University of Georgia researchers are working on natural solutions to weed problems in row crops as government regulations of chemical herbicides grow stricter.
Posted on 12/14/18 by Cristina Luisa deRevere
The University of Georgia has been awarded a $2 million grant from the U.S. Department of Agriculture National Institute of Food and Agriculture to develop organic methods of controlling the Spotted Wing Drosophila (SWD).
Pesticides, which include insecticides, fungicides, herbicides and more, can contain organic or conventional ingredients. People use them in homes and workplaces, on farms and in gardens, and in other places where they want to control pests like weeds, insects, fungi, rodents and plant viruses.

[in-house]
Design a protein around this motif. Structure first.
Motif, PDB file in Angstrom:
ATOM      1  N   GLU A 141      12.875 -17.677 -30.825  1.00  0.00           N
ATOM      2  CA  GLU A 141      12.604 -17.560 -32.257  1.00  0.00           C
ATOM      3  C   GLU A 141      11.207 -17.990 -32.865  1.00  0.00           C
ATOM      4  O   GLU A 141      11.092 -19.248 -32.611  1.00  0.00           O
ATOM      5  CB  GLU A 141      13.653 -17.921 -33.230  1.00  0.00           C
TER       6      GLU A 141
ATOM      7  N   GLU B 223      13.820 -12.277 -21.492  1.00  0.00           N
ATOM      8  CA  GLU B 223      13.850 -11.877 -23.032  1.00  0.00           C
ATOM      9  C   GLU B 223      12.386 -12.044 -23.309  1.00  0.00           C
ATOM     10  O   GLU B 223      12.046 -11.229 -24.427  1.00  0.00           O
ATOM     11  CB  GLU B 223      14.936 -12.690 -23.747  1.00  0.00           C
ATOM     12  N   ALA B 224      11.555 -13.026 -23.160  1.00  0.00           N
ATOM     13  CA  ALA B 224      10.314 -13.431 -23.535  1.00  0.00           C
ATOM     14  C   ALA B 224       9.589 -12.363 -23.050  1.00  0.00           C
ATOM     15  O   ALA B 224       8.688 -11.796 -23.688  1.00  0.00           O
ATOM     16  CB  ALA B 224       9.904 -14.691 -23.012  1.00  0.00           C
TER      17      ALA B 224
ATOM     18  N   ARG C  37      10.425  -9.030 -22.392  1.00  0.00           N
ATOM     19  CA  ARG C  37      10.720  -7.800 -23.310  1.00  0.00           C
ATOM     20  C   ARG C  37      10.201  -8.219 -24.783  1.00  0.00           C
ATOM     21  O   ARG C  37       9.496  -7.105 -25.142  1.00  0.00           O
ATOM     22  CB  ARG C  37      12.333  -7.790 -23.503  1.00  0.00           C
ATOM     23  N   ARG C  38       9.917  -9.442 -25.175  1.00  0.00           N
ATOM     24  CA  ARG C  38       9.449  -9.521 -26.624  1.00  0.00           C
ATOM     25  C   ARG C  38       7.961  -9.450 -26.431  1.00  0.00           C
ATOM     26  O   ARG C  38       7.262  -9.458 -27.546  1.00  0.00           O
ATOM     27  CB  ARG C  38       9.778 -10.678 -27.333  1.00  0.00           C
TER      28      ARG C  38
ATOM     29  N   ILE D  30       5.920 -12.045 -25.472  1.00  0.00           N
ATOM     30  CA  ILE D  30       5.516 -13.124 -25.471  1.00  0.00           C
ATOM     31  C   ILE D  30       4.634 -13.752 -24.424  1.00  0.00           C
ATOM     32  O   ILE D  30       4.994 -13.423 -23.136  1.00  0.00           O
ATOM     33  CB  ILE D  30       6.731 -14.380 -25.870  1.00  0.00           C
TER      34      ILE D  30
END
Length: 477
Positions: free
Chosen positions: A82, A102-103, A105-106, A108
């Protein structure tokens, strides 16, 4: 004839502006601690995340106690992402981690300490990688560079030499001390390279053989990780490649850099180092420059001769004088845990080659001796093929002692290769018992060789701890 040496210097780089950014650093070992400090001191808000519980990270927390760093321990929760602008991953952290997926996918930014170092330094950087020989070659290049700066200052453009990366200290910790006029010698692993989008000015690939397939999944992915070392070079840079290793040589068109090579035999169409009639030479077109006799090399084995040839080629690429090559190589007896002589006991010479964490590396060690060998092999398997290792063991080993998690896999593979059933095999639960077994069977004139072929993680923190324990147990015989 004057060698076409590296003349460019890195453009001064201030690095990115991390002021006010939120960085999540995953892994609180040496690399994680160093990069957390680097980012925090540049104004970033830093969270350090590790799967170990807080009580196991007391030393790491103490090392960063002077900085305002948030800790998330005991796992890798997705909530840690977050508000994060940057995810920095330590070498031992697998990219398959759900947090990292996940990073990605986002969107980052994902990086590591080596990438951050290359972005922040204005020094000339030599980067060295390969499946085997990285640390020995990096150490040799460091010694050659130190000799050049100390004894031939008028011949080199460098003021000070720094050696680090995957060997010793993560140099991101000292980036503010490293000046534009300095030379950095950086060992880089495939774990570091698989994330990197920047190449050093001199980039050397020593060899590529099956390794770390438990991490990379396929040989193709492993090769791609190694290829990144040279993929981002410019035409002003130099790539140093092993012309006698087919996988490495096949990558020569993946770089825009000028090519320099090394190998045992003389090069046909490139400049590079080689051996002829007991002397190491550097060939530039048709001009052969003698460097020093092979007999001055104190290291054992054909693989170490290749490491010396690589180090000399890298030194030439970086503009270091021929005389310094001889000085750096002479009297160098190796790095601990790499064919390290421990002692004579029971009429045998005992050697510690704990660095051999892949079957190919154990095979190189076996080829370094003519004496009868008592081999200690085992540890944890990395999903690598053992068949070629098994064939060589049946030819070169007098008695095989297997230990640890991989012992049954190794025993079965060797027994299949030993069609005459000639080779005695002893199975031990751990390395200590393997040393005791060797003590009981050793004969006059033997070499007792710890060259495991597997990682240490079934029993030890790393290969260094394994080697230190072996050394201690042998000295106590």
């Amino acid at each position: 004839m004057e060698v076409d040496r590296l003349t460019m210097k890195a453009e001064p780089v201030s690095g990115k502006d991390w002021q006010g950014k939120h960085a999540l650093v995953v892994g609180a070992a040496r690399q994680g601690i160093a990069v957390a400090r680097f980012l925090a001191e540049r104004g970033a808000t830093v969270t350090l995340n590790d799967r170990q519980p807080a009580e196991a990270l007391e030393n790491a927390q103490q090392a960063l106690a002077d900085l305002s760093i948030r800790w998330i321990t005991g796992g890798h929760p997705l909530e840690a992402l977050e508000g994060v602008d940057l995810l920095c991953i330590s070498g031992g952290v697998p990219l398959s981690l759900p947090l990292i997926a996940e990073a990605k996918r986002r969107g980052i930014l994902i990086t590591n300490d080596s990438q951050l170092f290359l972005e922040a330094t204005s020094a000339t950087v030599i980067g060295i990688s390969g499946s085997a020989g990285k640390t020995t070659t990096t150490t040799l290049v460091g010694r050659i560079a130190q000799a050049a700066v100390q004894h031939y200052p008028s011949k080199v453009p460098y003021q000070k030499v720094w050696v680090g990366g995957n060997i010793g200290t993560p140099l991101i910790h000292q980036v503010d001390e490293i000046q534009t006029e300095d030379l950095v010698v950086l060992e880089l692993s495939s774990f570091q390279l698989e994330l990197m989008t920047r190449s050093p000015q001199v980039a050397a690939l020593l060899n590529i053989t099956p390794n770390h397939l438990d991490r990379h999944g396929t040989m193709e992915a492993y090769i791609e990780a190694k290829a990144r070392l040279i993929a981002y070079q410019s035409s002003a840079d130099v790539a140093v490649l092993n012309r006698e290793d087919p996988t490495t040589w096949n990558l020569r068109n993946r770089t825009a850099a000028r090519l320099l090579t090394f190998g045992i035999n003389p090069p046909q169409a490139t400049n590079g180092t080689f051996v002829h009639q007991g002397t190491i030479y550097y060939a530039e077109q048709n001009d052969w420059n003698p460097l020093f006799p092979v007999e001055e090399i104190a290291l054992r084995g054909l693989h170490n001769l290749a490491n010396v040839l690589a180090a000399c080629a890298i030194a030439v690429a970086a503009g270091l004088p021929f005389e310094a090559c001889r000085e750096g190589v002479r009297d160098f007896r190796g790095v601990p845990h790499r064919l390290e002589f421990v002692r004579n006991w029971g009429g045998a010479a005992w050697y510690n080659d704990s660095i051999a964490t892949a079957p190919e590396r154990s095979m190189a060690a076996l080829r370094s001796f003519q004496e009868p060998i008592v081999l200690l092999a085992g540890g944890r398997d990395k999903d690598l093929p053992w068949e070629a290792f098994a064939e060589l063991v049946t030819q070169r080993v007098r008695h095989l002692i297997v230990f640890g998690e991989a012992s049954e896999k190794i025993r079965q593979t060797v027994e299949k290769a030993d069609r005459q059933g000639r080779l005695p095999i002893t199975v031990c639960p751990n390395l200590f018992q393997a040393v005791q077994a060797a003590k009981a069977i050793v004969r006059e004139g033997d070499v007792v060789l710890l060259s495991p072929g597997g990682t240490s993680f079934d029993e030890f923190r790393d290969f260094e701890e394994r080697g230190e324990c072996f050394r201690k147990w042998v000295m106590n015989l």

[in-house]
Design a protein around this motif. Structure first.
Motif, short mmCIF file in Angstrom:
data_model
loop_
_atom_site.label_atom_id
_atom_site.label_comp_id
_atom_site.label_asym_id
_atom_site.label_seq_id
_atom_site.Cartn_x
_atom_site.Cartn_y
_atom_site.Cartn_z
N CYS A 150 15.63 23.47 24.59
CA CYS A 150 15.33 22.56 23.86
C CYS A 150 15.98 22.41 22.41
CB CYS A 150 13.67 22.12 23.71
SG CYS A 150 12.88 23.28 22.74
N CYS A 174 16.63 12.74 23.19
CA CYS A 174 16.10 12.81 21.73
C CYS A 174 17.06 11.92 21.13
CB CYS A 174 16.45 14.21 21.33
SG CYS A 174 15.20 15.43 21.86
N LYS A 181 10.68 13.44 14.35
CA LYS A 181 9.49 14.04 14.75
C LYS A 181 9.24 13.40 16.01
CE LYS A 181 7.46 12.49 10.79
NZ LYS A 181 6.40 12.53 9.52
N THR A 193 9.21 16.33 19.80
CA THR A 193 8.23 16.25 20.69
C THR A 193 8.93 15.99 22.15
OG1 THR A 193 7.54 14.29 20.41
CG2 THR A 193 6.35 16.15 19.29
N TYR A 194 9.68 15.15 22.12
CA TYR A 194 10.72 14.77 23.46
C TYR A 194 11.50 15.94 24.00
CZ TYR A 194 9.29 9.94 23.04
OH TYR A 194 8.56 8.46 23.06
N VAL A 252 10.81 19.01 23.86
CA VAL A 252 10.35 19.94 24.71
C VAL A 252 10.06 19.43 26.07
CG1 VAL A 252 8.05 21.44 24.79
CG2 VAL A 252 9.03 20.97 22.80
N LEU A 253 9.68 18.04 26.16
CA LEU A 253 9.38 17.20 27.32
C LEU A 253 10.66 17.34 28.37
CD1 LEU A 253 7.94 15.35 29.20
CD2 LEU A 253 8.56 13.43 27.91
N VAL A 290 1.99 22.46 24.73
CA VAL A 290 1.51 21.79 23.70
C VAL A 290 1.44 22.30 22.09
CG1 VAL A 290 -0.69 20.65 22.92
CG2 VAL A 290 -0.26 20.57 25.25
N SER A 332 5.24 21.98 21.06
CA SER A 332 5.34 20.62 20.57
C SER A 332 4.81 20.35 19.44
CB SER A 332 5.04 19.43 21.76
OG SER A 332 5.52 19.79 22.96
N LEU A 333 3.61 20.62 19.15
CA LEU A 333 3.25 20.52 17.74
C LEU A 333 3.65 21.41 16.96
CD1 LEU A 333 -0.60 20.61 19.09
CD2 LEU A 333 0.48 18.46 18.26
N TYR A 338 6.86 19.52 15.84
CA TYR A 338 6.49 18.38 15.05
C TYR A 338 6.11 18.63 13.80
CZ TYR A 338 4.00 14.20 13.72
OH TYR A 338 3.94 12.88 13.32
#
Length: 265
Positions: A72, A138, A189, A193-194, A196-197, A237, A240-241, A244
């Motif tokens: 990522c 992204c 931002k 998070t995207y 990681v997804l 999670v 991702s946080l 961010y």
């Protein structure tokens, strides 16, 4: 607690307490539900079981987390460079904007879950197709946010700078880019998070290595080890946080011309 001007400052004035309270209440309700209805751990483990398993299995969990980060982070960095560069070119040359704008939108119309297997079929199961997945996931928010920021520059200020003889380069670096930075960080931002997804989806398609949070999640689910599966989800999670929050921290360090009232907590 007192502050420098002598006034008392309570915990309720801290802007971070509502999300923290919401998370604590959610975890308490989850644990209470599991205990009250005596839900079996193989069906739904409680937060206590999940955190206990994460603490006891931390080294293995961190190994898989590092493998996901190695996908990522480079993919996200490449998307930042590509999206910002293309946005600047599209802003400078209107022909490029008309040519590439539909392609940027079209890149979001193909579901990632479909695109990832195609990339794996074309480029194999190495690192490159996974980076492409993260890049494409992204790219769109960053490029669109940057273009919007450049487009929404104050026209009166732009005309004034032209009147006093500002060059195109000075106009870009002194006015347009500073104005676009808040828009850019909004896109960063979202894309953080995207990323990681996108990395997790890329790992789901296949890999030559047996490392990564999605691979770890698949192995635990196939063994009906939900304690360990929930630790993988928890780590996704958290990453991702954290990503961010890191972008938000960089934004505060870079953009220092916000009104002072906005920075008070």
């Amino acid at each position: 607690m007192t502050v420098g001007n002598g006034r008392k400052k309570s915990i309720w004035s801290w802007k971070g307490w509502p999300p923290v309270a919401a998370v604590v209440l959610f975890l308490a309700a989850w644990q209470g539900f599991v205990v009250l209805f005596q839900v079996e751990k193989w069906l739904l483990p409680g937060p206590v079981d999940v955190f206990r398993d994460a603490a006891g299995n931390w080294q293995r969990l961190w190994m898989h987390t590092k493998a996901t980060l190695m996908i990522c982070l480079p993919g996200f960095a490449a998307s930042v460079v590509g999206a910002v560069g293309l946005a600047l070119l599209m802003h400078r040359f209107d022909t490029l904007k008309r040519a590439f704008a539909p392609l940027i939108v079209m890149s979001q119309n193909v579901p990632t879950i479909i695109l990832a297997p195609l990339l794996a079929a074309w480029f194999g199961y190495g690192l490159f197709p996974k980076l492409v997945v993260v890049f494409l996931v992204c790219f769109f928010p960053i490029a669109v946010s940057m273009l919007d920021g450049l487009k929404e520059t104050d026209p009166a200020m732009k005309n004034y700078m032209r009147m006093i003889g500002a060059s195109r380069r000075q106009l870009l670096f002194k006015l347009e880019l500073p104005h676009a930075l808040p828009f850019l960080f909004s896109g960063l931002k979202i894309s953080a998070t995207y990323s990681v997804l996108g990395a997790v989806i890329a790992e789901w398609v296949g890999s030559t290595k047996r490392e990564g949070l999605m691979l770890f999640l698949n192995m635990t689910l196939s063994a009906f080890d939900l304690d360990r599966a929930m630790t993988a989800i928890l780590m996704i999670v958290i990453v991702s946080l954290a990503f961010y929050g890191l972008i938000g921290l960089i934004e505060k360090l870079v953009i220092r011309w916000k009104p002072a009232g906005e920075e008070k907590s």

Like many other young people, plant pathology graduate student Russell Ingram’s friends have an epic road trip planned for this summer. The difference is that instead of setting off for a music festival in the desert or visiting a beach, Ingram’s pals are hitting the road in search of jobs.
University of Georgia Cooperative Extension county agents will now come to farms to teach a series of pesticide-focused trainings to agricultural producers through a new, unprecedented training initiative.
This time of the year gardeners get excited about their soon-to-be-planted spring vegetable gardens. They envision lush rows of perfect pods of peas, scrumptiously delicious sweet corn and big, beautiful tomatoes. University of Georgia Extension urges gardeners to wait and put some thought and vision into their garden first.